Researchers built a gecko-bot to study how geckos glide and crash
There’s rarely time to write about every interesting science story that comes our way. So this year, we’re once again releasing a special series of posts on the Twelve Days of Christmas, highlighting a science story that fell through the cracks in 2020, each day from December 25 to January 5. wildlings use their tails to stabilize the landing after colliding headfirst into tree trunks.
Examples of soaring animals abound: flying squirrels, for example, as well as certain snakes, lizards and frogs. Now we can add geckos to this list. Researchers caught Asian flat-tailed geckos gliding in the wild on high-speed video and found they were using their tails to stabilize the landing after crashing headfirst into tree trunks, according to a article published in September in the journal Nature Communications Biology. They checked the biomechanics by building a mini gecko-bot and simulating gliding behavior in the lab.
As we previously reported, the little gecko is capable of extraordinary prowess in locomotion, easily weaving along vertical walls and even traversing short distances on water. Precisely how they accomplish these feats has long interested scientists. For example, geckos are known to be expert climbers, capable of stick to any surface thanks to the tiny hair-like structures on the bottoms of their feet. Small lizards can also glide along the surface of the water at high speed to escape predators. They can’t do it very long; the necessary energy expenditure is too great.
A study 2018 found that mouse-sized lizards use a combination of surface tension and a snapping motion to run across water. Last year, researchers gained insight in the fundamental question of why geckos have so many toes. It appears that geckos’ ability to reorient their flexible toes is a major factor in allowing them to realign and adapt to changes in gravity (load).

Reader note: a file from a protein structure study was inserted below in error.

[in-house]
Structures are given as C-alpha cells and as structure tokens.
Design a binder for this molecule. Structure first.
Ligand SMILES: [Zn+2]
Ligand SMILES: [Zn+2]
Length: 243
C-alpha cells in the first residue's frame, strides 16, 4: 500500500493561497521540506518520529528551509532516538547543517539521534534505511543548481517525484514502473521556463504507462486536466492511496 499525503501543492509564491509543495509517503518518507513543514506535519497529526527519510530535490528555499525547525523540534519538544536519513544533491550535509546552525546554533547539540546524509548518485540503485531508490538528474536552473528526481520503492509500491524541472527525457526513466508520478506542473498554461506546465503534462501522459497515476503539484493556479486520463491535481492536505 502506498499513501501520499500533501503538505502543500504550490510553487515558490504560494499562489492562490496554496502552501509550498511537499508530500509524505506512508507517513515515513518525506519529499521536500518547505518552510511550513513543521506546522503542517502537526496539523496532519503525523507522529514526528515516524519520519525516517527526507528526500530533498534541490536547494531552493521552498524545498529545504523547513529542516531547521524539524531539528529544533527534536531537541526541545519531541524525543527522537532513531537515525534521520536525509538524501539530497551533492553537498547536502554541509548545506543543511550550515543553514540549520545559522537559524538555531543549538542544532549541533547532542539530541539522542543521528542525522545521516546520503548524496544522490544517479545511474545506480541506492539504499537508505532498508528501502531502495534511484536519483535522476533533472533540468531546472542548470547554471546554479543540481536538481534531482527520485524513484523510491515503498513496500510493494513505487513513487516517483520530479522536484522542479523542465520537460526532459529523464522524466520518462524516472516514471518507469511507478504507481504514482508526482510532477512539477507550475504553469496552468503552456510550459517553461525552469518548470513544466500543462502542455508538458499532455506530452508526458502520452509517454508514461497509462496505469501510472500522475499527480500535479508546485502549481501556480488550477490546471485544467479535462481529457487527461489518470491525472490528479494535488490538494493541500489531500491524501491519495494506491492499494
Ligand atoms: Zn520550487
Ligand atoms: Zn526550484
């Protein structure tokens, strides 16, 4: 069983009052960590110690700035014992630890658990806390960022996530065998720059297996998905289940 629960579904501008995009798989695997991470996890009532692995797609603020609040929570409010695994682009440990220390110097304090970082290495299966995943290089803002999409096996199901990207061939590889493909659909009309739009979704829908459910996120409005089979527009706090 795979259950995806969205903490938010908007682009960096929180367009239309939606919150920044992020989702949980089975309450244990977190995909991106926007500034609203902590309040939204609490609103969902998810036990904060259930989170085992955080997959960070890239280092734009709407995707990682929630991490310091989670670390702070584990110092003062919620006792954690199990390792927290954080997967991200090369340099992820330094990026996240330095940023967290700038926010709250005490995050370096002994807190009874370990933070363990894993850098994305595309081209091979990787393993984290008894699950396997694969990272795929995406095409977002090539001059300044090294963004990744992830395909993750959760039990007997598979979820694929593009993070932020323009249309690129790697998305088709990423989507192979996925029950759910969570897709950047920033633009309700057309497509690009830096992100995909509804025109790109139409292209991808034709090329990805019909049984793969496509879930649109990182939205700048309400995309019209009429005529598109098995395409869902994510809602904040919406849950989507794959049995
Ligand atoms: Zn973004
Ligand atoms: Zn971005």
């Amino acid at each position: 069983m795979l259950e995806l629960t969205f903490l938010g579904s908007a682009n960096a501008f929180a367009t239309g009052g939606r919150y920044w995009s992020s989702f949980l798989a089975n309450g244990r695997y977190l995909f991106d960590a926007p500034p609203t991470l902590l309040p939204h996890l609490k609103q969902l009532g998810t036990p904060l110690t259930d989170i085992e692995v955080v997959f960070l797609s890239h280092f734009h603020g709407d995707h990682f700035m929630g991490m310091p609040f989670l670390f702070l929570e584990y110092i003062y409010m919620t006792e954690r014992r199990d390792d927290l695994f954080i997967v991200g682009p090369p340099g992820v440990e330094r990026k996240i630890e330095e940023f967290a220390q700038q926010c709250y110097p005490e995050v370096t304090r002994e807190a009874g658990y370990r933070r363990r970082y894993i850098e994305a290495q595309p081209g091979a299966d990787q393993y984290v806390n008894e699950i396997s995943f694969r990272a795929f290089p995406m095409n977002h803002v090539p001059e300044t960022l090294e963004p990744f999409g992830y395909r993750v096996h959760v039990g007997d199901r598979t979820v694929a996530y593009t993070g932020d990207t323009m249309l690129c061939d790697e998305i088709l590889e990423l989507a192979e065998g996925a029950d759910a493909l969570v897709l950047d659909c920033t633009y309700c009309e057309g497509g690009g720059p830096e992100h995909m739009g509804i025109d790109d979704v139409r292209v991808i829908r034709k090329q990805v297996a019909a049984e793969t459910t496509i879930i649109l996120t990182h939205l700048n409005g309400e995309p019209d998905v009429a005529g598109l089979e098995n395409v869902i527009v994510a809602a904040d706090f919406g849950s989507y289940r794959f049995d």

These two studies come from the laboratory of the biophysicist of the University of California at Berkeley, Robert Full, who is also co-author of this last article. This time around, Full and his fellow co-authors – Ardian Jusufi and Rob Siddall, both of the Max Planck Institute for Intelligent Systems in Stuttgart, Germany, and Greg Byrnes of Siena College – were intrigued by the reports. of ground on the gliding flight of flat-tailed geckos. and skydiving, although this behavior has never been studied quantitatively. Previous research had placed geckos in a wind tunnel and found that the animals could indeed glide smoothly, often using their tails to help their bodies spin through the air.
Based on this, the authors hypothesized that the Asian flat-tailed gecko would not only glide smoothly in its natural habitat, but would also use its tail to turn and steer toward the chosen landing site. This species lives in trees and is able to jump several meters from one tree trunk to another, usually to avoid predators. Jusufi suggested conducting experiments with these geckos at a rainforest wildlife sanctuary in Singapore.
First, they collected several geckos (with and without a tail). They set up a platform several meters above the ground, from which the geckos jumped and slid to a nearby tree. High-speed cameras recorded the hovering jumps, revealing that a typical jumping gecko can reach speeds of around 6 meters per second (about 13.4 miles per hour).